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Karen's Blogs

Blogs are brief, to-the-point, conversational and packed with information, strategies, and tips to turn troubled eaters into “normal” eaters and to help you enjoy a happier, healthier life.Sign up by clicking "Subscribe" below and they’ll arrive in your inbox. 

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Curb Anxiety and Depression with Activity

If you turn to food when you’re anxious or depressed and are looking for a remedy with no side-effects, try staying active. Exercise actually changes your neurochemistry and helps lessen the blues, the blahs and the agita you may be feeling. Here’s how it works.

“How exercise combats depression and anxiety” by Amanda Loudin (Sarasota Herald-Tribune, E18, 5/25/16) explains the power of activity in reducing these discomfiting emotional states. “Researchers at the University of California at Davis Medical Center found that exercise increased the level of the neurotransmitters glutamate and GABA, both of which are depleted in the brains of patients with depression and anxiety. The study shows that “exercise activates the metabolic pathway that replenishes these neurotransmitters.” Pretty simple and straightforward.

If you tend toward emotional dysregulation as well as yo-yo eating, exercise can help. Richard Maddock, professor of psychiatry and behavioral sciences and the study’s lead author, says, “This is about the brain working better, including those parts of the brain that regulate emotions. Those patients whose glutamate and GABA are at low levels are at a disadvantage for controlling their emotions.” Doctors are so impressed with studies linking a reduction in depression with exercise, that they’ve begun incorporating it into their treatment plans.

If lowered glutamate and GABA mean a disadvantage at controlling your emotions, you know what that may mean for your eating. Having depressive and anxiety disorders puts you at higher risk for emotional eating. Treat the underlying cause of these conditions—neurotransmitter insufficiencies—and you might have an easier time being a “normal” eater. If you envy emotionally well-balanced people, consider that they might not be that way without exercising. You may assume that they’re among the genetically fortunate, but maybe they’re using activity to keep their mood disorders in check.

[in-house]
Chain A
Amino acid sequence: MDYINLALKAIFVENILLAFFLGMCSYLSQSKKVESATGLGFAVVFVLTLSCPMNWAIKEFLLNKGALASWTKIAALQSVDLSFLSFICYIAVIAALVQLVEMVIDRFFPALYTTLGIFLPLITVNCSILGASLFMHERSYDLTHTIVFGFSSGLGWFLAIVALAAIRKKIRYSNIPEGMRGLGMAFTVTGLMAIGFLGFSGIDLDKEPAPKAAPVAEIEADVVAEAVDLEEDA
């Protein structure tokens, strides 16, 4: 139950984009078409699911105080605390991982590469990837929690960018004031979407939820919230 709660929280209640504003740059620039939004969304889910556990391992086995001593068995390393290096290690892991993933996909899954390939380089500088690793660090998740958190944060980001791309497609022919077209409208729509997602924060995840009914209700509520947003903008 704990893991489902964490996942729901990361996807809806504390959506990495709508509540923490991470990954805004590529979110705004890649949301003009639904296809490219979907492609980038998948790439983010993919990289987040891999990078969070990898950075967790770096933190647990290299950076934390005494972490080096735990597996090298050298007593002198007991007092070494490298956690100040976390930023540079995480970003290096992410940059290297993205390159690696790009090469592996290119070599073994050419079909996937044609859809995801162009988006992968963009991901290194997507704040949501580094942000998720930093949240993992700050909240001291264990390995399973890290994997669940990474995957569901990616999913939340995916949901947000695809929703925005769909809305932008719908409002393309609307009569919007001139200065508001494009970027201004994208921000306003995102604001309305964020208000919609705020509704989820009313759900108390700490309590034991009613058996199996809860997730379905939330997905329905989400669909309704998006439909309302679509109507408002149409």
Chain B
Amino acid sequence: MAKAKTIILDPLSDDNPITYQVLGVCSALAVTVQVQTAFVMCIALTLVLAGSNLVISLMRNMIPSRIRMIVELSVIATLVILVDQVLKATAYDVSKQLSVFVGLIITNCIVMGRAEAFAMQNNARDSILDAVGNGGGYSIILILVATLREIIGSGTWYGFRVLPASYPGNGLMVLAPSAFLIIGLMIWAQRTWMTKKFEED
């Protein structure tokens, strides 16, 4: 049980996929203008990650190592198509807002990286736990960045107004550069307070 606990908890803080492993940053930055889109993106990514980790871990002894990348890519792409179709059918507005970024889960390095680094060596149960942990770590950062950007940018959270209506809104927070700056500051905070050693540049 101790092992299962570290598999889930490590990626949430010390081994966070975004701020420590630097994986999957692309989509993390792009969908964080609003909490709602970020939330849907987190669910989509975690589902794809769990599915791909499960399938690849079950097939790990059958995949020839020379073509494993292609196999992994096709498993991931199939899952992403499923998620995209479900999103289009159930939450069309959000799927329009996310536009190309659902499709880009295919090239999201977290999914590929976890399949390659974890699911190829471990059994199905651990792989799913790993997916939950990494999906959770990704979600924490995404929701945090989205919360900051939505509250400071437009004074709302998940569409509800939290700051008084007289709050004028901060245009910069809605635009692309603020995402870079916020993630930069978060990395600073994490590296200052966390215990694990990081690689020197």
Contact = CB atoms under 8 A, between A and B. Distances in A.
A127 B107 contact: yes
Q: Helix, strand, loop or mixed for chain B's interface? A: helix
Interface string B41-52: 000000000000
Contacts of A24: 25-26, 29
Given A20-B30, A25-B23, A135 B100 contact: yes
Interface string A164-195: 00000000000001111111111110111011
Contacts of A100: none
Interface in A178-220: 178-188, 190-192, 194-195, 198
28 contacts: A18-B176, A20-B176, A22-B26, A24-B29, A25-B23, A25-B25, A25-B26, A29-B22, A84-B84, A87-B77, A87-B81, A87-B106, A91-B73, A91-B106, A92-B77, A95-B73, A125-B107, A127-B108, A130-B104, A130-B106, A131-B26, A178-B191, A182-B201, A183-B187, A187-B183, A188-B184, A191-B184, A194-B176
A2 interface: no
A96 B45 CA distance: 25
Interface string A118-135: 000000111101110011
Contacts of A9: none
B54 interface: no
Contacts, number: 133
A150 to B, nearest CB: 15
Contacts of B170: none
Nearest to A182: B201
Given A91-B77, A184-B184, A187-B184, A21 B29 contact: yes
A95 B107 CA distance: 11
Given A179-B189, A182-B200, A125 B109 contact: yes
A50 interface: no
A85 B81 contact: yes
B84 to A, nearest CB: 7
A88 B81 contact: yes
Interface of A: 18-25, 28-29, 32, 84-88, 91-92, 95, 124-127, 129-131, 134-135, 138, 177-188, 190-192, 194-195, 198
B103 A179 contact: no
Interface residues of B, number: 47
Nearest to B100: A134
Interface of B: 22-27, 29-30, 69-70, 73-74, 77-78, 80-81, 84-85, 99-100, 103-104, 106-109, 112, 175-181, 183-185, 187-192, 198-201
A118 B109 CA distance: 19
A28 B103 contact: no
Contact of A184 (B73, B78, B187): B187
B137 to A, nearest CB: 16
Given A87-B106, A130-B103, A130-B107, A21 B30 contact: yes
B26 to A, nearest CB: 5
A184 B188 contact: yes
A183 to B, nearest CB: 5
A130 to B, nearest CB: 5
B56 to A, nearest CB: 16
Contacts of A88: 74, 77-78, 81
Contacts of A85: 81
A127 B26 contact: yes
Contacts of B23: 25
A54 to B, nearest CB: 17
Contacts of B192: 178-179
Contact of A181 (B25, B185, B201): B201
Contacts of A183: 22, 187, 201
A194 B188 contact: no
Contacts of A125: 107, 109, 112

See for yourself. Next time you’re depressed or anxious, move your body. Put on a dance video, take a walk, vacuum, rake leaves, shovel snow, shoot hoops, go for a run, or do jumping jacks. Notice if there’s an improvement in your mood. Try another experiment. Engage in more activity for two weeks, then don’t for two weeks. Observe your mood and emotions under both conditions. All else being equal, are you as anxious or depressed when you’re active as when you’re not? Try the experiment for a month and do another assessment. Activity may be the key to managing your emotions.

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This website is owned and operated by Karen R. Koenig, M.Ed., LCSW. It contains material intended for informational and educational purposes only, and reasonable effort is made to keep its contents updated. Any material contained herein is not to be construed as the practice of clinical social work or of psychotherapy, although adherence to applicable Florida States, Rules, and Code of Ethics is observed. Material on this website is not intended as a substitute for medical or psychological advice, diagnosis, or treatment for mental health issues or eating disorder problems, which should be done only through individualized therapeutic consultation. Karen R. Koenig, LCSW disclaims any and all liability arising directly or indirectly from the use of any information contained on this website. This website contains links to other sites. The inclusion of such links does not necessarily constitute endorsement by Karen R. Koenig, LCSW who disclaims any and all liability arising directly or indirectly from the use of any information contained in this website. Further, Karen R. Koenig, LCSW, does not and cannot guarantee the accuracy or current usefulness of the material contained in the linked sites. Users of any website must be aware of the limitation to confidentiality and privacy, and website usage does not carry any guarantee or privacy of any information contained therein.  Privacy Policy